$ellebrity explores the good, the bad and the ugly about our cultural obsession with fame -- and the way that technology has changed the tone and texture of celebrity.
Jessica is undoubtedly the one to beat in the competition, and if one of the whiny boys beats her, there really is no justice in the world.
Say what you want about Marc and Jennifer, but I think they've got something here.
My husband, Buffoon, doesn't think Angelina Jolie is beautiful. He needs glasses, but so what? I'm not saying he thinks I'm a knock-out, but he did marry me back in the day when I looked fairly attractive.
You mean to tell me that at campaign headquarters, there isn't one Latino lackey who could have added some sabor to the campaign playlist leaked Thursday?
Gazing into the full-length mirror left in the back of the room by a P.A. on a lunch break, Idol judge, Steven Tyler, accidentally took his own reflec...
Do you think there's a celebrity somewhere who'd be interested in taking on legislative redistricting? I know it's quite a lift. But if there was ever a good cause that needed some glamour, this is it.
I haven't been overly impressed with many of the auditionees this season, but the singers in St. Louis were generally cute, commercial and easy to listen to ... Missouri might be the state to beat.
Ramiro was born without ears, prompting doctors to predict that he would never be able to hear or speak. Thankfully, he's able to do both, as well as sing ... Compared to some of the duds we've been subjected to this week, he could be a Grammy winner.
Possibly the most bizarre (and transparently fake) audition so far, "Magic Cyclops" was certainly memorable for trying to be memorable, affecting a terrible British accent while insisting that he was from Davenport, Iowa.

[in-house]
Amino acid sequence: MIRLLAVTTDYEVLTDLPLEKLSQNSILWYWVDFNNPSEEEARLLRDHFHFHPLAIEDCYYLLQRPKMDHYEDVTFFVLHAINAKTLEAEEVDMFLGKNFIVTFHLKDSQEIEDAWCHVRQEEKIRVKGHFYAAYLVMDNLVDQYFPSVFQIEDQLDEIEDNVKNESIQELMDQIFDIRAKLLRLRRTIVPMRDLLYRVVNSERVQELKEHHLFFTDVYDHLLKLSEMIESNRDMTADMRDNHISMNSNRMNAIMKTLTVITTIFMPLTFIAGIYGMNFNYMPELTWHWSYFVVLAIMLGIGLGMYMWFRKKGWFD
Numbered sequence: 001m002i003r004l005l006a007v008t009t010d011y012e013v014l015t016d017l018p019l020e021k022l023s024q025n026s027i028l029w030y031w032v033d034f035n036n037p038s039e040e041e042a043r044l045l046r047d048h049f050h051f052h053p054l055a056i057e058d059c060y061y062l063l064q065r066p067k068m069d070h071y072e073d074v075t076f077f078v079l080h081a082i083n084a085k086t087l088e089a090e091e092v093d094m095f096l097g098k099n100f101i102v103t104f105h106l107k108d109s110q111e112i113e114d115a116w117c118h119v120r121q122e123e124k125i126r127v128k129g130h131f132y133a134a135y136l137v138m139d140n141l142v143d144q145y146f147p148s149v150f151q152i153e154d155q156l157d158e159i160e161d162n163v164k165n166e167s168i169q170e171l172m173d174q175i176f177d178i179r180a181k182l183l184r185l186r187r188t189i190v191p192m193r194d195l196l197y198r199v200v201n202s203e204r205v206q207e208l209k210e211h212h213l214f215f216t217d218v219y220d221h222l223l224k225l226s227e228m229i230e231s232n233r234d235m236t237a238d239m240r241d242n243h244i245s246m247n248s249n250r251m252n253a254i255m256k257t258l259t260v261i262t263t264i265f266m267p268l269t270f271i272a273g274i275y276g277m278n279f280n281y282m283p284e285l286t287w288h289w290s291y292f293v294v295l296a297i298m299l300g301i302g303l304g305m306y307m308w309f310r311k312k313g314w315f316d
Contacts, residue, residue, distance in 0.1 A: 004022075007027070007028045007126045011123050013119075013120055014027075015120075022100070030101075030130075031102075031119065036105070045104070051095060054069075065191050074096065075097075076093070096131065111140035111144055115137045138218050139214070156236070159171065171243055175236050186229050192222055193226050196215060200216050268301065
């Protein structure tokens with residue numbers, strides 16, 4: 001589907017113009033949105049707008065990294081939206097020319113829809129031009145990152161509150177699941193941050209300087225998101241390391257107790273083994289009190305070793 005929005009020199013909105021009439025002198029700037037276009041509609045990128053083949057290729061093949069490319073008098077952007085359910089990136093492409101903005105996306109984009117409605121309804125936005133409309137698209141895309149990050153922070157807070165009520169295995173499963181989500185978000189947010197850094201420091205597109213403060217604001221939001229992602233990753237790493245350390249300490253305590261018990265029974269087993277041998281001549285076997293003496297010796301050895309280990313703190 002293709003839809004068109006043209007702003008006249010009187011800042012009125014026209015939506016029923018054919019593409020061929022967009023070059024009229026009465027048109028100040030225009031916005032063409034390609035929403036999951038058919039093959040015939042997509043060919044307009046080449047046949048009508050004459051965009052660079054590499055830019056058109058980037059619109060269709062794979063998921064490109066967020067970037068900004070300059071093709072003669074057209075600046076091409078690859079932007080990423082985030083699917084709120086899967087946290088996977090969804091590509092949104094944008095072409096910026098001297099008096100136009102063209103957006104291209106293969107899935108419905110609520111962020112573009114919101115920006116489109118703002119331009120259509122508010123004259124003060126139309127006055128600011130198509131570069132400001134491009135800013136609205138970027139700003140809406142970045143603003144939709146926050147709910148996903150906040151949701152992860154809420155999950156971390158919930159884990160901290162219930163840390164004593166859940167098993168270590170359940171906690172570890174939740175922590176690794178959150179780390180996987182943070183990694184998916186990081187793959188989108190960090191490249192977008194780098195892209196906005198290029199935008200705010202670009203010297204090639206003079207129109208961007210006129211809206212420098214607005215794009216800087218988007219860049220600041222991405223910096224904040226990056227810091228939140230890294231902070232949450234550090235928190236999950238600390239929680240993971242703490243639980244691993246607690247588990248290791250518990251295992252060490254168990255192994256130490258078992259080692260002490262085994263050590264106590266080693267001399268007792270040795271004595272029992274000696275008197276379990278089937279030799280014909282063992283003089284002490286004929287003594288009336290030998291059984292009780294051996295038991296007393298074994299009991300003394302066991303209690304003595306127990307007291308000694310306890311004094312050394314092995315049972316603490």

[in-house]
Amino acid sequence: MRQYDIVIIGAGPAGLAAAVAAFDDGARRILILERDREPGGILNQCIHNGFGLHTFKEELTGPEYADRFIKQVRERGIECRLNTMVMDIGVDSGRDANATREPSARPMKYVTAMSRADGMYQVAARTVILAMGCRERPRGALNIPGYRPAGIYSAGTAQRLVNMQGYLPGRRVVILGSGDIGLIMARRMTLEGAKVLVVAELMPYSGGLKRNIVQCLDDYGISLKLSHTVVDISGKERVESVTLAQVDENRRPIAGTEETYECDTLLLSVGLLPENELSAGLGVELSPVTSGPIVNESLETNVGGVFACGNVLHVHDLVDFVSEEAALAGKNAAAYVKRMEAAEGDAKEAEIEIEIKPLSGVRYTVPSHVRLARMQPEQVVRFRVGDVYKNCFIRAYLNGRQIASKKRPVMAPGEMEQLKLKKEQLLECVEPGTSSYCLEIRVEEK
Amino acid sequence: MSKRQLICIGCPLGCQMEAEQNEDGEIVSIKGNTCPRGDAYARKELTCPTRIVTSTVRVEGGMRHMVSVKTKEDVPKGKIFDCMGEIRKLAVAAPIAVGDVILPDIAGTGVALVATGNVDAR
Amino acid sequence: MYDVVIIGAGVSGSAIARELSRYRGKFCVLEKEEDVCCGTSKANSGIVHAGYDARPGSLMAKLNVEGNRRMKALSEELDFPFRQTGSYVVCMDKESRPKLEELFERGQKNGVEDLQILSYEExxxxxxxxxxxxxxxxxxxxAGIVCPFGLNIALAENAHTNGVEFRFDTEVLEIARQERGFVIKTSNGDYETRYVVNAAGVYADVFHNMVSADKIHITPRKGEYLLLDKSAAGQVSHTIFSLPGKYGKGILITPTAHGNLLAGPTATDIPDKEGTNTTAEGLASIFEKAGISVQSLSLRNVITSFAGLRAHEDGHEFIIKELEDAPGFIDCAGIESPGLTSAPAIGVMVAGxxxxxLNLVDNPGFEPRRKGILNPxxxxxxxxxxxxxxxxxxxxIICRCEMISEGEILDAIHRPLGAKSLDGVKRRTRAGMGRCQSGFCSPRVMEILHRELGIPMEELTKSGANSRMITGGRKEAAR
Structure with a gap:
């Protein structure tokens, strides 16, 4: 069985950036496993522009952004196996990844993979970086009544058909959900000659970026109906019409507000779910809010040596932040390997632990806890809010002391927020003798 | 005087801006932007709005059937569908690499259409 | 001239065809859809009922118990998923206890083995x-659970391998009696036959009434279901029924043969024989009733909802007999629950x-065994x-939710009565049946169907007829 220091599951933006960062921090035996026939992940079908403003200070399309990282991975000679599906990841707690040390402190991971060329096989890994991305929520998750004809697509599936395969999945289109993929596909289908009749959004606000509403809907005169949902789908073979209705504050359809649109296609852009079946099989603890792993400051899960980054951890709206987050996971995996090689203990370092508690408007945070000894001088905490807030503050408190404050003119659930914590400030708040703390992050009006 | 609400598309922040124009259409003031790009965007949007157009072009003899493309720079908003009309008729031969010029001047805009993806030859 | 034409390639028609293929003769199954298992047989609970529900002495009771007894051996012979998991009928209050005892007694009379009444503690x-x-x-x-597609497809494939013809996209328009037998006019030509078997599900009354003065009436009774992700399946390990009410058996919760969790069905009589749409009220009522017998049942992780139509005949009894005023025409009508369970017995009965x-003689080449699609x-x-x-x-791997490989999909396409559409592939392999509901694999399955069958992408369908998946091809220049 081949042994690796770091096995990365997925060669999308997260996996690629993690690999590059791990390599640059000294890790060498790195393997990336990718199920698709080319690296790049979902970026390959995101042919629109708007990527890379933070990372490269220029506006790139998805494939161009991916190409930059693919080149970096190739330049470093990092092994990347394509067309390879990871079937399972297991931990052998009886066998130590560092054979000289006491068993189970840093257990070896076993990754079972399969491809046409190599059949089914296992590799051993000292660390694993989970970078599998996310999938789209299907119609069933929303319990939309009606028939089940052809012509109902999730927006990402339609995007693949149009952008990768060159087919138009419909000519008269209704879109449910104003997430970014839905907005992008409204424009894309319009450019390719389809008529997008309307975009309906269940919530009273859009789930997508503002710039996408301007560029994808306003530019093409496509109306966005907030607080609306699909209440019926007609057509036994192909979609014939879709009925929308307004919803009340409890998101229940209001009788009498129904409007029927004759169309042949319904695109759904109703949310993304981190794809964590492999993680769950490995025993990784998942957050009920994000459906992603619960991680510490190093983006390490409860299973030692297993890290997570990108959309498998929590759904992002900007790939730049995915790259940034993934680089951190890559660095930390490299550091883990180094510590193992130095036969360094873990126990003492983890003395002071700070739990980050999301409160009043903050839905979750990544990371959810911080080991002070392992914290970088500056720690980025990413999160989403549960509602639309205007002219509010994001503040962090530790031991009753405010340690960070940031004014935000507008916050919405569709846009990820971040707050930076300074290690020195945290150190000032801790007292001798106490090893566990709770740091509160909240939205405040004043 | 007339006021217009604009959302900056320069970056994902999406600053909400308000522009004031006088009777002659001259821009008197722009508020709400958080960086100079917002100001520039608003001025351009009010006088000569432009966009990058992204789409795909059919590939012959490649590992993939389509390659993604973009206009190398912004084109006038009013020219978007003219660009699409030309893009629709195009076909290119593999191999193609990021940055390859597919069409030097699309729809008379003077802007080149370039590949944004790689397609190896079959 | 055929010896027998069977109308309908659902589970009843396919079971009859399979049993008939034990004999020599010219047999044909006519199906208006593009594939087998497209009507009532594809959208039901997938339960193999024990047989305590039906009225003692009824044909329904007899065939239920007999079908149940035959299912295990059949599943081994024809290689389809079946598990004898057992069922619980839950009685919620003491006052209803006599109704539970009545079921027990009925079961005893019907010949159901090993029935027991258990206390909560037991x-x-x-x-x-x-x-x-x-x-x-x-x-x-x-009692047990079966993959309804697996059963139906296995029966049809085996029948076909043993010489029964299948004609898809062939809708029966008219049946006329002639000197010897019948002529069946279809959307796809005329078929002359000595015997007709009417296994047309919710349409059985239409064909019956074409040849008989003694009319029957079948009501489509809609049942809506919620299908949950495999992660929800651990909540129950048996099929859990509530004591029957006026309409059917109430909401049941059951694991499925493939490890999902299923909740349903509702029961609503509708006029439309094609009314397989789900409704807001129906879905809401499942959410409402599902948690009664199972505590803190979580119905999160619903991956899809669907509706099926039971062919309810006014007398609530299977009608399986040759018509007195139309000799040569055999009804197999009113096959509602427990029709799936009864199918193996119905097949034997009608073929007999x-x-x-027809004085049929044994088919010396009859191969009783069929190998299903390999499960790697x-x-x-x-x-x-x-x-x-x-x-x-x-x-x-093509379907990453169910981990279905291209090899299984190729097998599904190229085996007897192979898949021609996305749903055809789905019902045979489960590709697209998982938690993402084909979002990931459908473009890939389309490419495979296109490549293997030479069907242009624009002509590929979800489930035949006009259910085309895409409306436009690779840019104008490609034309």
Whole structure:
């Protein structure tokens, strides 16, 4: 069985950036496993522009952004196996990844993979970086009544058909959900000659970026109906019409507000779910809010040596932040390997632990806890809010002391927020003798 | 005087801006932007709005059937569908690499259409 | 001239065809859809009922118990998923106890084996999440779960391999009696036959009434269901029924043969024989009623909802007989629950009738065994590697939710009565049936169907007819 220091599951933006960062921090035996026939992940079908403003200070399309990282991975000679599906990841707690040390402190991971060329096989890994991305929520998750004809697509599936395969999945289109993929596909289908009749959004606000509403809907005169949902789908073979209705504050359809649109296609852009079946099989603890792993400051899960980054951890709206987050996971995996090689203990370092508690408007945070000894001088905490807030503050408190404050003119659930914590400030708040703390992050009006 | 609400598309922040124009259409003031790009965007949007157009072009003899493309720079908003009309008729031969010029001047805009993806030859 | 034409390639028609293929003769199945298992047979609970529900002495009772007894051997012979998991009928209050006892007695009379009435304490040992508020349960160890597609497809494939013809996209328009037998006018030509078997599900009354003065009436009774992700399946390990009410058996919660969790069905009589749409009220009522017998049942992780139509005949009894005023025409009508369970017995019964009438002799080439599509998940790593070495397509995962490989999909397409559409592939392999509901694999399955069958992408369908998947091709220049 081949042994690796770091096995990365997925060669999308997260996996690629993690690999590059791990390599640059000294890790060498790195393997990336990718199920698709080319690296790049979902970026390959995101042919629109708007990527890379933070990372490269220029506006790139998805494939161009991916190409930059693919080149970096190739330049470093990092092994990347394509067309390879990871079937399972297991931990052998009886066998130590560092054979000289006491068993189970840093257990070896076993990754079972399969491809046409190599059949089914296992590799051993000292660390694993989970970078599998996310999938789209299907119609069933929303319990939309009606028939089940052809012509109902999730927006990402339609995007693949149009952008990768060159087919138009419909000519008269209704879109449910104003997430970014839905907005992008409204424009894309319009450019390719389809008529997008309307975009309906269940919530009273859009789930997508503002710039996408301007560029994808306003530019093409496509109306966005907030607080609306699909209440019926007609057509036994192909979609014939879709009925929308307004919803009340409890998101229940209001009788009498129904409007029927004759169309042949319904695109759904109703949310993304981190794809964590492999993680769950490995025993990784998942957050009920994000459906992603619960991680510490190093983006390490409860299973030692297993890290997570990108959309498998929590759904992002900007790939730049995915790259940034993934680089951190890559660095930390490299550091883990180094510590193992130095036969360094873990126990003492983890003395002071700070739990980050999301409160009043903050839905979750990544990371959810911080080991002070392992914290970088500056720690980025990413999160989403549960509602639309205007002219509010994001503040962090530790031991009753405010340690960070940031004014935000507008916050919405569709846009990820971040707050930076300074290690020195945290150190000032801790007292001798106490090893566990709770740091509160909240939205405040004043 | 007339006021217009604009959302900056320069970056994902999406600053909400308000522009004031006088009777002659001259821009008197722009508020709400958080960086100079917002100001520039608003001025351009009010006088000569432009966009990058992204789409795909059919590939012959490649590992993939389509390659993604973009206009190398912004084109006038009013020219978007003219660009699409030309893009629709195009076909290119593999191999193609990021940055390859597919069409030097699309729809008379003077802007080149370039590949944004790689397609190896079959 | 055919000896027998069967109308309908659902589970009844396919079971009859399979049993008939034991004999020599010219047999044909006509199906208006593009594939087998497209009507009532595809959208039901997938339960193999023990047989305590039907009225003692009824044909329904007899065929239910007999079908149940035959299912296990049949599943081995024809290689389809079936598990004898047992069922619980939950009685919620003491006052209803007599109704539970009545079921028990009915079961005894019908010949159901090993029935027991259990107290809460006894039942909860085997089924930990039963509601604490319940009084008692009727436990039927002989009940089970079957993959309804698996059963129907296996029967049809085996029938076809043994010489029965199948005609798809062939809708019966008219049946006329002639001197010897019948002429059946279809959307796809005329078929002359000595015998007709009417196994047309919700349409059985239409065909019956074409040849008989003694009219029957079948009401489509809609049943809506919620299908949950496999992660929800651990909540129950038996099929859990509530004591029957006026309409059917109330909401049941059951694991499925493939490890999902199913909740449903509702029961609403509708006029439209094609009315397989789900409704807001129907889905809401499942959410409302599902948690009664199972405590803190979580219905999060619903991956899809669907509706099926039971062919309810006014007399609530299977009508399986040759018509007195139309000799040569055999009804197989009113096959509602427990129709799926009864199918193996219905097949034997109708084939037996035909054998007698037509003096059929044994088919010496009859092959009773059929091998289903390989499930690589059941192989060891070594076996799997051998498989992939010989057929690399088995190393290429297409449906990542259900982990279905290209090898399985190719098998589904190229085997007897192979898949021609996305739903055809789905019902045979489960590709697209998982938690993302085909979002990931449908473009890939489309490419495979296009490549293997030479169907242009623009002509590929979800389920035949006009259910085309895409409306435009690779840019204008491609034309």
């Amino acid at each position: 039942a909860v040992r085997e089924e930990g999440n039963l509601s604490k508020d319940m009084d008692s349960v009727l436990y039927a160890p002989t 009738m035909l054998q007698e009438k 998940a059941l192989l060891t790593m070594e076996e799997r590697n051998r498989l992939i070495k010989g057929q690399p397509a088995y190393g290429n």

Ali's take on Corinne Bailey Rae's "Just Like a Star" was raspy and tremulous ... There was an Adele-like quality to her tone that made her interesting to listen to.
The hour-long installment seemed positively svelte compared to last night's episode, and there was apparently no time to highlight the worst of the worst, only the best of the best.
Gabby has a sultry, bluesy tone in her voice that had all the judges bobbing their heads, and Steven Tyler gave her his patented eyes-closed, music-gasm face, which was exactly what she'd been aiming for.
What were the biggest automotive stories of 2011? There were certainly plenty to choose from. But the top story of the year is the resurgence of Chrysler.
Lopez received the final award in the star-studded Carnegie Hall tribute that also honored Gabrielle Giffords, Glee's Lea Michele, Arianna Huffington and Gloria Steinem for "starting it all."
To me, what's most exciting about looking at the trajectory of Jennifer's remarkable career is how closely her evolution mirrors the evolution of Hispanic women in the U.S., and, by extension, the evolution of Latina magazine.